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Population: 8.8 million
Internet penetration: 94%

In a country with four official languages, only a few larger media companies operate in more than one of Switzerland’s relatively small markets. The public broadcaster still has the most trusted news brands but could see substantial budget cuts. With audiences’ interest in news declining and willingness to pay for news stagnating, commercial media companies have announced more layoffs.

People’s interest in news has been declining, and the group of people with limited news repertoires, the so-called ‘news deprived’, has been on the rise, now making up roughly 40% of the adult population.1 Faced with stagnating levels of paying for online news (17% in 2024), commercial media companies juggle between saving costs and looking for revenue sources old and new. On the cost side, the bigger players, TX Group, CH Media, and Ringier, announced substantial layoffs in late 2023, affecting both advertising-based brands such as 20 Minuten and, as well as regional subscription-based brands such as Aargauer Zeitung. TX Group and CH Media continue to centralise news production across their brands, streamlining international and national news. On the revenue side, has implemented a (freemium) paywall, reporting that more than 10,000 subscribers are paying around 10 CHF (around $10 US) per month.

Publishers are pushing for a new law to make technology platforms pay copyright fees for link previews and news snippets, in line with other European countries. A draft law is likely to come before Parliament in 2024 and may well succeed.

In a process of consolidation, the biggest private media companies from Switzerland’s larger German-speaking region now own many news brands in the smaller markets, thus getting access to a larger nationwide advertising market. These include, for instance, TX Group with French-language 20 minutes or 24heures and Ringier and CH Media with recent spin-offs of and in French. By contrast, NZZ group, the publisher of the renowned Zurich-based NZZ newspaper, is focused on pursuing opportunities in the much larger neighbouring German market.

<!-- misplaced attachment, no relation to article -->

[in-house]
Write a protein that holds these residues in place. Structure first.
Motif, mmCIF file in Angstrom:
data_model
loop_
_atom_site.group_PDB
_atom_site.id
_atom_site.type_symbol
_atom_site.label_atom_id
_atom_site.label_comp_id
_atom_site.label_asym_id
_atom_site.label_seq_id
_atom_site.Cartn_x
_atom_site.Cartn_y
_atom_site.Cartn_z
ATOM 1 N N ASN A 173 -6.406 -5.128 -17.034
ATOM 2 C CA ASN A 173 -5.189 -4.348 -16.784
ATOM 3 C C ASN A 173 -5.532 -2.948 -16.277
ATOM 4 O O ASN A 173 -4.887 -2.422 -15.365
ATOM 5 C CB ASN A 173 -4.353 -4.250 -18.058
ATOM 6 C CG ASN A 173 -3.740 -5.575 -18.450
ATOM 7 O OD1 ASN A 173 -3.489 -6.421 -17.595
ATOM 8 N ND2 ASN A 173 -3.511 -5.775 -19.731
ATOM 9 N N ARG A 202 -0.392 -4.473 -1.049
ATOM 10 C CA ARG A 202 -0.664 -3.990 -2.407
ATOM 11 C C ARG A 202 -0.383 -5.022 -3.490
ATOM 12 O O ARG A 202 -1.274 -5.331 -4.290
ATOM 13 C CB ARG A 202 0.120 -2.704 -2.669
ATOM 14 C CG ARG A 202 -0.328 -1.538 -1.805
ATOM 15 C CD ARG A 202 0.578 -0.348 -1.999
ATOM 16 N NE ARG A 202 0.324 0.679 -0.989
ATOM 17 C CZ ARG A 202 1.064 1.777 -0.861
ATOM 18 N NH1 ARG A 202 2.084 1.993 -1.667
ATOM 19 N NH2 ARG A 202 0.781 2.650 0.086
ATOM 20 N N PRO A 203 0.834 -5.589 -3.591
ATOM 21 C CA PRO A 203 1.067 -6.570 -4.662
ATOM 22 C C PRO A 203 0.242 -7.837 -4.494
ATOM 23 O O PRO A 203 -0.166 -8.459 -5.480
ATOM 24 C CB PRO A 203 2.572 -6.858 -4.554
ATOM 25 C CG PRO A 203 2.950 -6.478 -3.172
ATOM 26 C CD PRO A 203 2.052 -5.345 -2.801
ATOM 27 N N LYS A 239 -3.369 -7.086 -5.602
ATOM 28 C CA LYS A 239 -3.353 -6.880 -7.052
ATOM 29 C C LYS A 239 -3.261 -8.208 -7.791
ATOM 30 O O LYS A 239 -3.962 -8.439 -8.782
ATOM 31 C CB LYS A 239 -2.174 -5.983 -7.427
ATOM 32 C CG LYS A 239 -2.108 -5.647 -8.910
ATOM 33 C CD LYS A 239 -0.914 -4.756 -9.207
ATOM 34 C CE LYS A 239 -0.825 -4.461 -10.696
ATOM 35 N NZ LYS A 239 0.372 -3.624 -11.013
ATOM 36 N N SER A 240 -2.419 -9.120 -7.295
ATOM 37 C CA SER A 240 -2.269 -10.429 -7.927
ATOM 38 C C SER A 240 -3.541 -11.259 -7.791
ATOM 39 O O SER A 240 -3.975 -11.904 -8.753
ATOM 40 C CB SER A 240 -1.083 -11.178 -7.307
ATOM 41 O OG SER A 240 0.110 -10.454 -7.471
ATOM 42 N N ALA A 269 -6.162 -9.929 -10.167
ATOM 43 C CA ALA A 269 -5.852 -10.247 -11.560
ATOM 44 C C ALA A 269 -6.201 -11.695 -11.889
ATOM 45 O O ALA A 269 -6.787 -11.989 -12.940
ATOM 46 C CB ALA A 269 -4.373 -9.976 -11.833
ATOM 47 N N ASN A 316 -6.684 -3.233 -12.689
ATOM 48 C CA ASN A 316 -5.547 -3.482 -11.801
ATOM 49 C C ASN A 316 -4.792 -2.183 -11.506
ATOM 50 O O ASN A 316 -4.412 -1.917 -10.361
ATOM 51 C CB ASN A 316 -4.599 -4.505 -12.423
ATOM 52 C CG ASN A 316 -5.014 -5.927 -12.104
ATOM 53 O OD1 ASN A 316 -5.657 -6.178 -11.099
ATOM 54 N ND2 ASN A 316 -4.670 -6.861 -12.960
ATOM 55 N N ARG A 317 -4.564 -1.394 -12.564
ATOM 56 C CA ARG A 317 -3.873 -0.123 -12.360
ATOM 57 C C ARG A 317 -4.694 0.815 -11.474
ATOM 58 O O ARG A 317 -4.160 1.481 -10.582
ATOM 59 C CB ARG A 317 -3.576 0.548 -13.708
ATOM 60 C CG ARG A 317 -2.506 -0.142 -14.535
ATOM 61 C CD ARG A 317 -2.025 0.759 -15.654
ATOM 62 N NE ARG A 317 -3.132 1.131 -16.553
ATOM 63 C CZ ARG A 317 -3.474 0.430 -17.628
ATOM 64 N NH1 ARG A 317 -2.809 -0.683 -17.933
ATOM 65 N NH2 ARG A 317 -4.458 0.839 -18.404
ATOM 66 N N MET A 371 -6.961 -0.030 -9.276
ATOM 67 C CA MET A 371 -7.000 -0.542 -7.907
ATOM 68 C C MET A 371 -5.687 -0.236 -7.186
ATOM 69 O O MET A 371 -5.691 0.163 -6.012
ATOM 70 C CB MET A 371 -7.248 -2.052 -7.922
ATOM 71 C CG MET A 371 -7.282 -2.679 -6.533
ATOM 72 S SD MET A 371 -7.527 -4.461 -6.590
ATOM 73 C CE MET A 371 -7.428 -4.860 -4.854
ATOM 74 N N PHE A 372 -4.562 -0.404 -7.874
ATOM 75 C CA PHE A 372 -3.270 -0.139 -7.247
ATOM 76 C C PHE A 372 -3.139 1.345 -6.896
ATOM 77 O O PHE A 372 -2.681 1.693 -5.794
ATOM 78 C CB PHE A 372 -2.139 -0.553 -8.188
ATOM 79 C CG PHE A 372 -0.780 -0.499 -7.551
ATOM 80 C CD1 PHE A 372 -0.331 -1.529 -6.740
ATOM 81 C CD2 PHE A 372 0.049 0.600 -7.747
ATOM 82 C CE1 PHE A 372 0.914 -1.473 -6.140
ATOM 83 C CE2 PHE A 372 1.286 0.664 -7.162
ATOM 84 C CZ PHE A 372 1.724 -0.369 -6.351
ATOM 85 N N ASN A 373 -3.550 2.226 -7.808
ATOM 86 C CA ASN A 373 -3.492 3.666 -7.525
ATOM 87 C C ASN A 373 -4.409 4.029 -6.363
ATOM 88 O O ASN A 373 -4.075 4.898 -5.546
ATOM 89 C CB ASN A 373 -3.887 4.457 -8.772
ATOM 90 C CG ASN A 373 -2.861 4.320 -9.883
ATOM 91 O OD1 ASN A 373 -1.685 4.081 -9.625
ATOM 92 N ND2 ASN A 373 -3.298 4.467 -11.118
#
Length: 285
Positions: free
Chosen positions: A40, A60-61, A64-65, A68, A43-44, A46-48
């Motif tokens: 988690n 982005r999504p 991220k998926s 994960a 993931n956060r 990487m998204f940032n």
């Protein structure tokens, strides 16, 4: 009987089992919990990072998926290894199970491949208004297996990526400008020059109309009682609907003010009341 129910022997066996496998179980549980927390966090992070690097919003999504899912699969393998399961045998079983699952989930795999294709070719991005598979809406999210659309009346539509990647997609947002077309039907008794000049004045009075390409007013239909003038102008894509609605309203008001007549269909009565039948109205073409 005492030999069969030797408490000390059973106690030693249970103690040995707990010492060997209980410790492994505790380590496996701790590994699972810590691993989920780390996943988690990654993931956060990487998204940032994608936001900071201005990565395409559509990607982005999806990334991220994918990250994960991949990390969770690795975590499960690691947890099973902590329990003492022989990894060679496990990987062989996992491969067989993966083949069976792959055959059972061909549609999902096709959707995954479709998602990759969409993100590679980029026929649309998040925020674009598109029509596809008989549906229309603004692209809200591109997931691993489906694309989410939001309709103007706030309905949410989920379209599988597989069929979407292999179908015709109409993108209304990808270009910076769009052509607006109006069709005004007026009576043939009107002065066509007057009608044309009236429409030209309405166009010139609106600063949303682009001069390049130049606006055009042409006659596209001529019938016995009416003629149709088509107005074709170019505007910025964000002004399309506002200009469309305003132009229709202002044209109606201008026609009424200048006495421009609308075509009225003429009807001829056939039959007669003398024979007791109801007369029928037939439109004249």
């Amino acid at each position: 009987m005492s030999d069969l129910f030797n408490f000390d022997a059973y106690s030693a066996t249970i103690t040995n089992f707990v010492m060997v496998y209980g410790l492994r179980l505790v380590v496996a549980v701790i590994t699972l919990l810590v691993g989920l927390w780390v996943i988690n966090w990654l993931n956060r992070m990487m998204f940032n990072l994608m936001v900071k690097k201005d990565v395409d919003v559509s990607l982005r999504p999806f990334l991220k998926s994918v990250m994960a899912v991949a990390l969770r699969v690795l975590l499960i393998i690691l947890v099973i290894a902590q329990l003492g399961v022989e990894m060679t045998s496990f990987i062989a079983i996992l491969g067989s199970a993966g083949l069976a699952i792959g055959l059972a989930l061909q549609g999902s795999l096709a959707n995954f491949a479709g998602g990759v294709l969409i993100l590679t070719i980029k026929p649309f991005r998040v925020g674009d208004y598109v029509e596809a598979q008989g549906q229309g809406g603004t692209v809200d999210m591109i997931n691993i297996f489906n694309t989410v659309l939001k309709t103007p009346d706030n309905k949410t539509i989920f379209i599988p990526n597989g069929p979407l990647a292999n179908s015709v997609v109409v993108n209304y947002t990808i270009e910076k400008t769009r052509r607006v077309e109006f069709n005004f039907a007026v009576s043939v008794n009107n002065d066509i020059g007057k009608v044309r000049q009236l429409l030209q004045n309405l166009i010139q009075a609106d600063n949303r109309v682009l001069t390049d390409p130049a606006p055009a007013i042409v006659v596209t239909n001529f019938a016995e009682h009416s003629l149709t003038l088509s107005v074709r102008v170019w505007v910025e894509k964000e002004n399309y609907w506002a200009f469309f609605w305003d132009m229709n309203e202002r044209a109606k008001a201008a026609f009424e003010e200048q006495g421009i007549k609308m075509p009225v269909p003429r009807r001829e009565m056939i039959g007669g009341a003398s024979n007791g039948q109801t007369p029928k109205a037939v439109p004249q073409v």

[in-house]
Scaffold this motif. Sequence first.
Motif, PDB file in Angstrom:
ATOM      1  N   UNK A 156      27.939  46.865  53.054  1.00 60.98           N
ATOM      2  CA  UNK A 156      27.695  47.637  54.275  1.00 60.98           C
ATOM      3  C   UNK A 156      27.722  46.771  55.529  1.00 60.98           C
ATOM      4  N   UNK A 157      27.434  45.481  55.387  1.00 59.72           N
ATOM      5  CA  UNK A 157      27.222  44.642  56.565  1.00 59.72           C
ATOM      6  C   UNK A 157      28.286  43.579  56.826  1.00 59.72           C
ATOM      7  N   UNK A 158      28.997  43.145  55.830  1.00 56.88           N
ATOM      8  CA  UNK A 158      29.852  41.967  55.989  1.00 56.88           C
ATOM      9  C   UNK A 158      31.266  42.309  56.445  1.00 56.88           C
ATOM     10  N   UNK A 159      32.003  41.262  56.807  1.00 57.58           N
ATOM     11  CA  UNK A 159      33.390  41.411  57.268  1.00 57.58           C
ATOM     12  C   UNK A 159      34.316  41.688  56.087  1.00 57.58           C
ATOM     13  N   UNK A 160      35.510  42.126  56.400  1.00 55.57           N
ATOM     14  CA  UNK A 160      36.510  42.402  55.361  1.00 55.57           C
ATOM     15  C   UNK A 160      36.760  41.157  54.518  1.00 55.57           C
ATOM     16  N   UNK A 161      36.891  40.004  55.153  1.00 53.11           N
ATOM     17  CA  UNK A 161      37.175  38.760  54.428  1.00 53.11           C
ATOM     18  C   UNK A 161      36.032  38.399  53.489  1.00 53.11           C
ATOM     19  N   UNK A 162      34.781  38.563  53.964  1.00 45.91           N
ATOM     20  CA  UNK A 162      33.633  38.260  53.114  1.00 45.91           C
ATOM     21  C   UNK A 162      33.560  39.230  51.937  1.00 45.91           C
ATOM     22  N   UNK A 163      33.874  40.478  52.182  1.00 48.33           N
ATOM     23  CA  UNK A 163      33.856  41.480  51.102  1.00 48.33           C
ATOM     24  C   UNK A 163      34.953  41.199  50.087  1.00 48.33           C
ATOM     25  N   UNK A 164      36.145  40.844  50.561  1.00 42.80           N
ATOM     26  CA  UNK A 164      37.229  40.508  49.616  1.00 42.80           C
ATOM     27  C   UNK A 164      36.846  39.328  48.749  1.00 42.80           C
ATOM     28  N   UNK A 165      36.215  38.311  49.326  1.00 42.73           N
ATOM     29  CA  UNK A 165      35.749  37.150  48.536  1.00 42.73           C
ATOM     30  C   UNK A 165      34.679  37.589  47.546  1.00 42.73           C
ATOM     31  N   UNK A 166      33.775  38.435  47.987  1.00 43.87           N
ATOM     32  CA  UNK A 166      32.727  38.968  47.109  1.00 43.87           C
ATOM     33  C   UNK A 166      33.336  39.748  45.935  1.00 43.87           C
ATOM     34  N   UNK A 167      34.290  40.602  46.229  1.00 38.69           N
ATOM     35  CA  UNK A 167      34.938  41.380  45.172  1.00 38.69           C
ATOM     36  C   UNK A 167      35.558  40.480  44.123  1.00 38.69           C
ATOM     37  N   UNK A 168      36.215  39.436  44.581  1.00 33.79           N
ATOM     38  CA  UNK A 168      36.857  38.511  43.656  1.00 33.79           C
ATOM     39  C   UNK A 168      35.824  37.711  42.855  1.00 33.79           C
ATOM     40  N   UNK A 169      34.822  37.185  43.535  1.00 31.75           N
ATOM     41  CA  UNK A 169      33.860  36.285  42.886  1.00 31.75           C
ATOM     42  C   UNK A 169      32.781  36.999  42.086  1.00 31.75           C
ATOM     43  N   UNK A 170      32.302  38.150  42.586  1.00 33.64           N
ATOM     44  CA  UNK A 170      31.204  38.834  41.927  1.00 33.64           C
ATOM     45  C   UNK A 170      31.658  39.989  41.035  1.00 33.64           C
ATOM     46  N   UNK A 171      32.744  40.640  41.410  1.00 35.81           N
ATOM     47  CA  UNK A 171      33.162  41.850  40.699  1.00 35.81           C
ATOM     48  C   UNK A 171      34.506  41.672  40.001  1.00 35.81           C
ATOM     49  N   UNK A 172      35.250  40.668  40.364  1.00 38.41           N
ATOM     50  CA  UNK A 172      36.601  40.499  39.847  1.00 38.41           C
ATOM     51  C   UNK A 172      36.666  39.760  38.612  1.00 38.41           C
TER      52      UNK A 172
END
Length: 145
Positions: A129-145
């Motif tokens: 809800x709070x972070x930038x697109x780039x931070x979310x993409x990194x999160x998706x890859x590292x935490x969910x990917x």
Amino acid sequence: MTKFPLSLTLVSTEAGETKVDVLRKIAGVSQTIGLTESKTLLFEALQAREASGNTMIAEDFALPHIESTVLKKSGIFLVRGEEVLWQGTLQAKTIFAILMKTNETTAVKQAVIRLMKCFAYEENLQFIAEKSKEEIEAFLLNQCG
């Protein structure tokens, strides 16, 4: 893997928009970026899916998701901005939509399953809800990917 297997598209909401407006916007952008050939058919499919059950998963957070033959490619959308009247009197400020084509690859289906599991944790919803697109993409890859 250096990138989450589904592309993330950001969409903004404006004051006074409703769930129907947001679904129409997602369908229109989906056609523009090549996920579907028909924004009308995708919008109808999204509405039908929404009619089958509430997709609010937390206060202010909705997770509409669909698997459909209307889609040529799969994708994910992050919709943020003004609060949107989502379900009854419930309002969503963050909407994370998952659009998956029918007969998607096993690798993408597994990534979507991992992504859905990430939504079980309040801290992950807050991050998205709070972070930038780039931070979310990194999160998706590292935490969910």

Finally, the public broadcaster SRG SSR, whose SRF and RTS brands continue to be the most used and most trusted brands, must provide programmes in all regions, and uses some of the licence fee revenues from the larger German-language market to subsidise the smaller language regions. The licence fee is contested and could be halved, after right-wing politicians from German-speaking Switzerland successfully launched a referendum, which might take place in 2026. At the moment, the federal government is testing the waters by inviting feedback on its counter-proposal to the referendum, which would result in a more limited reduction in the licence fee. Taking into account the licence fee reduction, together with shrinking advertising revenues and increasing inflation, SRG SSR fears that even the more moderate plan would effectively lead to a budget cut of roughly 15%.